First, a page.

Jul 03, 2011 rated it it was amazing  ·  review of another edition

So interesting how I came to read THIS novel by Jennifer Haigh. Katie recommended "Faith," which was out in the library. However, as I searched for it, I found "Baker Towers" and "The Condition." "The Condition" sounded better to me, but then I thought, "Oh maybe Mom would like 'Baker Towers'." So I took out both. Coincidently, when I next checked my emails, I somehow stumbled upon Katie's positive review of "Baker Towers." I loved it for many reasons. Let me count the ways:

1. It's a good family
Jul 02, 2016 rated it really liked it  ·  review of another edition
One of those lovely, quiet books that feels like it's about the quotidian but when you're finished with it, you can see it's more about larger themes in life. It follows five siblings after the death of their father over the course of decades, and you see how their small mining town changes as well. I'm eager to start the sequel now, called News From Heaven.
Nov 09, 2011 rated it really liked it  ·  review of another edition
Bakerton, Pennsylvania is a mining town. It's a town of company houses and union jobs, of church and family. Bakerton is a town that depends on its coal mines and, in the years during and after World War II, those mines are doing raging business. Baker Towers is the story of those years, told from the perspective of the Novak family: widowed Rose Novak and her five children, Georgie, Dorothy, Joyce, Sandy and Lucy. Georgie and Dorothy escape their small-town childhoods, Georgie for the Navy and ...more
CoffeeBook Chick
For my full review, click here:

...Bakerton, Pennsylvania is made up of residents who are Swedish, Polish, and Italian immigrants, with the coal mine employing a good majority. In the Novak family, the home is traditional to the time and place. Rose and Stanley, first-generations to America, live in Polish Hill in company-owned housing. Rose, an Italian wife and mother, remains at home to take care of their five children, and her Polish husband, Stanley,
Nov 05, 2015 rated it really liked it  ·  review of another edition
I don't usually read historical fiction, but I picked one up recently called Baker Towers by Jennifer Haigh. It follows the lives of 5 children in Bakerton PA, a small mining town, starting in the 1940s. At the start of the book Stanley Novak, coal miner and father of 5, dies shortly after returning home from work. His wife, Rose, is left to raise the children. George, the oldest, is already away from home serving in the armed forces. Dorothy is about to graduate from high school, Joyce is a few ...more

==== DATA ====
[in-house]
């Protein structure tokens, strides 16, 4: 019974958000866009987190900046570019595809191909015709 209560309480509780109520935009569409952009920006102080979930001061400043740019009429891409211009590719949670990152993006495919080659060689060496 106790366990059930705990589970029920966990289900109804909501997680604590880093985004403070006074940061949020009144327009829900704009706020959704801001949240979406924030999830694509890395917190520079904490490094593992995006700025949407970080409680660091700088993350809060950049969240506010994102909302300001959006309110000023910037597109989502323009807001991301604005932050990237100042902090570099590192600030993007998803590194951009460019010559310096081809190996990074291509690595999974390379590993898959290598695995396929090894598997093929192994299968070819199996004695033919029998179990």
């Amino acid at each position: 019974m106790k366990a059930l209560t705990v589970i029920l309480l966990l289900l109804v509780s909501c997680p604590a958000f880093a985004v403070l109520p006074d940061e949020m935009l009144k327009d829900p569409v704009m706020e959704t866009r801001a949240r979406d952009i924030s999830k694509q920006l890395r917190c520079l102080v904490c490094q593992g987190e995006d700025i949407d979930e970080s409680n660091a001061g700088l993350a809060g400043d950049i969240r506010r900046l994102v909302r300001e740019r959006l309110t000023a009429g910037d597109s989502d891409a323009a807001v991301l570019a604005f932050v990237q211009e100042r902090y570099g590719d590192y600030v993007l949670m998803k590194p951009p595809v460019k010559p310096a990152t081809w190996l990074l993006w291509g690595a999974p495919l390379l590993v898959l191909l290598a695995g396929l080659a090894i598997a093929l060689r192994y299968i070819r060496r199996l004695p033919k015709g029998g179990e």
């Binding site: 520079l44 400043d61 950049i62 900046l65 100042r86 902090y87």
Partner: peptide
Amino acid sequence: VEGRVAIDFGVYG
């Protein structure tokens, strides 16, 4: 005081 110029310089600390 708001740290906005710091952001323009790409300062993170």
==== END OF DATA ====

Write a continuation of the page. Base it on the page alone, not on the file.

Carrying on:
Sep 11, 2013 rated it it was amazing  ·  review of another edition
I had read Jennifer Haigh’s later book, FAITH and found it moving and memorable. This earlier book is a family saga that follows the five siblings of a Polish/Italian couple from World War II up to the Vietnam War. Baker Towers is just as deserving of high praise. The setting is a fictional mining town (Bakerton) in central Pennsylvania that mirrors the significant pace of change during these years in the Novak family. The roles and relationships or the brothers and sisters as they experience ...more
Nov 01, 2008 rated it really liked it  ·  review of another edition
Baker Towers,is a story of a Polish-Italian family, the Novaks, with five children who come of age in a Pennsylvania coal-mining town during and after WWII. Head of the household Stanley Novak drops dead one afternoon after returning from the mines, leaving his Italian wife, Rose, to struggle on her own to feed her children and maintain the household. The book follows the life of each of the family members who take some interestng twists and turns as they grow up.

In describing Bakerton, Haigh
Feb 23, 2012 rated it really liked it  ·  review of another edition
Recommends it for: anyone
This is the author's second novel and I did recommend this one to bookclub. Very good and fast read. Good descriptions of life in a coal mining community in the 1940's through the 60's. Was quite accurate in my mind about the way the family hierarchy can work from the mother (Rose) being the head and completely in charge until she becomes ill and aged and someone has to take over her position. There is always one in a group of siblings that ends up taking care of all the family's problems. There ...more